Posted in Our Blog on August 4, 2015
A concussion is the least severe form of traumatic brain injury. The term “concussion” derives from the original Latin root, “concutere,” which means “to violently shake.” Indeed, this is exactly what can happen to the heads of car accident victims. Due to the extreme forces exerted on the body in a car crash and the way crash victims’ heads can collide with the interior of the automobiles, traumatic brain injuries can range in severity.
The Centers for Disease Control claims that from 2001 through 2009, approximately 173,285 individuals were sent to emergency rooms for concussions caused by recreation and sport activities. Other common causes of concussions are car accidents, bicycle accidents, falls, fights and on-the-job accidents.
Concussions are usually caused by a hard blow to the head. Our brains are made of soft tissues and they are cushioned by spinal column fluid. This is all encased in the protective bones of the skull. A sudden blow to the head can cause the brain to crash against the inner walls of the skull and result in bruising, damaged blood vessels and nerve injuries.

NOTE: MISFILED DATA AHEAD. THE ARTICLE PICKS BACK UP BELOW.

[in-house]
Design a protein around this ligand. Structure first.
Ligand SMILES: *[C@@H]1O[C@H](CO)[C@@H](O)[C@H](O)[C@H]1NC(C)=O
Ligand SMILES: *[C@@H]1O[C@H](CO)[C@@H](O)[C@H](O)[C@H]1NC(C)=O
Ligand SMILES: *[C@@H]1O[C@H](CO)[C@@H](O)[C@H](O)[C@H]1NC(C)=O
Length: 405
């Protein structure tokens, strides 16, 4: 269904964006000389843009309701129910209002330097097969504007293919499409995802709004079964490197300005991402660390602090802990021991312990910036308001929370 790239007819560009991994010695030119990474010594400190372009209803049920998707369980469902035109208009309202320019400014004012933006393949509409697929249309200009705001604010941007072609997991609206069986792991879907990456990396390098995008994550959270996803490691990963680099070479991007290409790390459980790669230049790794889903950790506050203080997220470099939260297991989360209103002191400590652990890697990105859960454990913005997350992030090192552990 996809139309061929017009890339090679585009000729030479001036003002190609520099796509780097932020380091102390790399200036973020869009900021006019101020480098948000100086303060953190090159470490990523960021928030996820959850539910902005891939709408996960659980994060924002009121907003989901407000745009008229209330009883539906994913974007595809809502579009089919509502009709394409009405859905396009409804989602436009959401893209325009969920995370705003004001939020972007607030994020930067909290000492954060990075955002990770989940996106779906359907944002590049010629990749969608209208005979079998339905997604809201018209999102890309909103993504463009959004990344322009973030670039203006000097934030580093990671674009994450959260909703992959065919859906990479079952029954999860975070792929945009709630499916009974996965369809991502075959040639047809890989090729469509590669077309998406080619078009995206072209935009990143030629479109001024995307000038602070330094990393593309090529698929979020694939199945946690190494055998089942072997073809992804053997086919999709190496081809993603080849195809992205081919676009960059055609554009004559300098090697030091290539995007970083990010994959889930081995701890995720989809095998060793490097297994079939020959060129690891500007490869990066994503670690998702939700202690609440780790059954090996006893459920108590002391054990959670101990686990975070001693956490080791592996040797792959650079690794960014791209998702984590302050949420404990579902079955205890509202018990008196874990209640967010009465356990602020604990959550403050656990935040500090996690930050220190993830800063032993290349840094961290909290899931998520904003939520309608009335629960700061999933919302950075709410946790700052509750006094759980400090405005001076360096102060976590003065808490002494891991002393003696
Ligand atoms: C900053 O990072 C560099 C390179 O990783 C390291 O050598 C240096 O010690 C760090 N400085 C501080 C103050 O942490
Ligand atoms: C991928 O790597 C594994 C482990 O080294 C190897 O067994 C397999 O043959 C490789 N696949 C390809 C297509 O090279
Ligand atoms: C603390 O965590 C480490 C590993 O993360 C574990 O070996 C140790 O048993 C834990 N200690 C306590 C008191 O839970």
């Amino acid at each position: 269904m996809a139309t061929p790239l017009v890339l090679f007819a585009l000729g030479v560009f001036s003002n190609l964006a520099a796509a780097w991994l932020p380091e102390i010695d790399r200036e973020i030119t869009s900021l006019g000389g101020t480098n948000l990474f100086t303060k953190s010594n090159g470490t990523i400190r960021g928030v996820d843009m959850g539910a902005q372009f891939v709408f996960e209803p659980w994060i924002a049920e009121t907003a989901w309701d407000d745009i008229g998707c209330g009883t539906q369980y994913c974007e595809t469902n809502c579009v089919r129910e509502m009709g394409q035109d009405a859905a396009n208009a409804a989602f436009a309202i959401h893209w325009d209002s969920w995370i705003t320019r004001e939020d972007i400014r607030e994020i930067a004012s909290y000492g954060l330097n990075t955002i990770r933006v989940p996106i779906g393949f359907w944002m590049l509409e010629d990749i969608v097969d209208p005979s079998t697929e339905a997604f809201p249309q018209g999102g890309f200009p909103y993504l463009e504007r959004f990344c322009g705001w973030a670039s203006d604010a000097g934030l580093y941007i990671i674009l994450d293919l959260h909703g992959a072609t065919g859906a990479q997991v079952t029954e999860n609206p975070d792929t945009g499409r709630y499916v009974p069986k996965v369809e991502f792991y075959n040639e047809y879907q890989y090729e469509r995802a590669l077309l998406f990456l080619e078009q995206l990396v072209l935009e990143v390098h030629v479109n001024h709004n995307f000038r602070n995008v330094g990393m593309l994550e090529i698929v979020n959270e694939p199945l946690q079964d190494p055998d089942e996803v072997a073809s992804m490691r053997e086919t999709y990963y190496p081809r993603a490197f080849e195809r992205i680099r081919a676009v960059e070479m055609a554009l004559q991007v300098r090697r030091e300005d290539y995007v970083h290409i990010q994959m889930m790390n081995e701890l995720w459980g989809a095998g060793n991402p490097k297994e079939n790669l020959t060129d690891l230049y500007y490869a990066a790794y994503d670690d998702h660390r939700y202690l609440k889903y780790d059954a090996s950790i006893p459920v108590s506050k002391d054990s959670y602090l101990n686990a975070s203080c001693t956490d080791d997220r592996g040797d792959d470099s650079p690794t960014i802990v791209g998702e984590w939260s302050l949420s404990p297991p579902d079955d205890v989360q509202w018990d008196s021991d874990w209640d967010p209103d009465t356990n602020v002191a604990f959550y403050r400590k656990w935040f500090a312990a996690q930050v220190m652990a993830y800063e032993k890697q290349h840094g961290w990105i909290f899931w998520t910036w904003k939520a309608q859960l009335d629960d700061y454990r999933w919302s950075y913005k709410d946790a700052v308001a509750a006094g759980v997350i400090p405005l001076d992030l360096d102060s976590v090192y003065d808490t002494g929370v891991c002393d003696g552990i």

A concussion can result in the brain not functioning normally. Vision can be negatively affected. Concussion victims can also suffer from equilibrium problems and momentary lapses in consciousness. However, because there is often no damage to the outside of the head, a concussion can be hard to diagnose. In fact, signs of concussion can take weeks or days to develop.
Since concussion injuries can be difficult to diagnose, when concussion injuries are incorporated as a part of a Louisiana personal injury claim, it may be necessary to employ the services of a medical expert witness who will testify on the full extent of damages in court.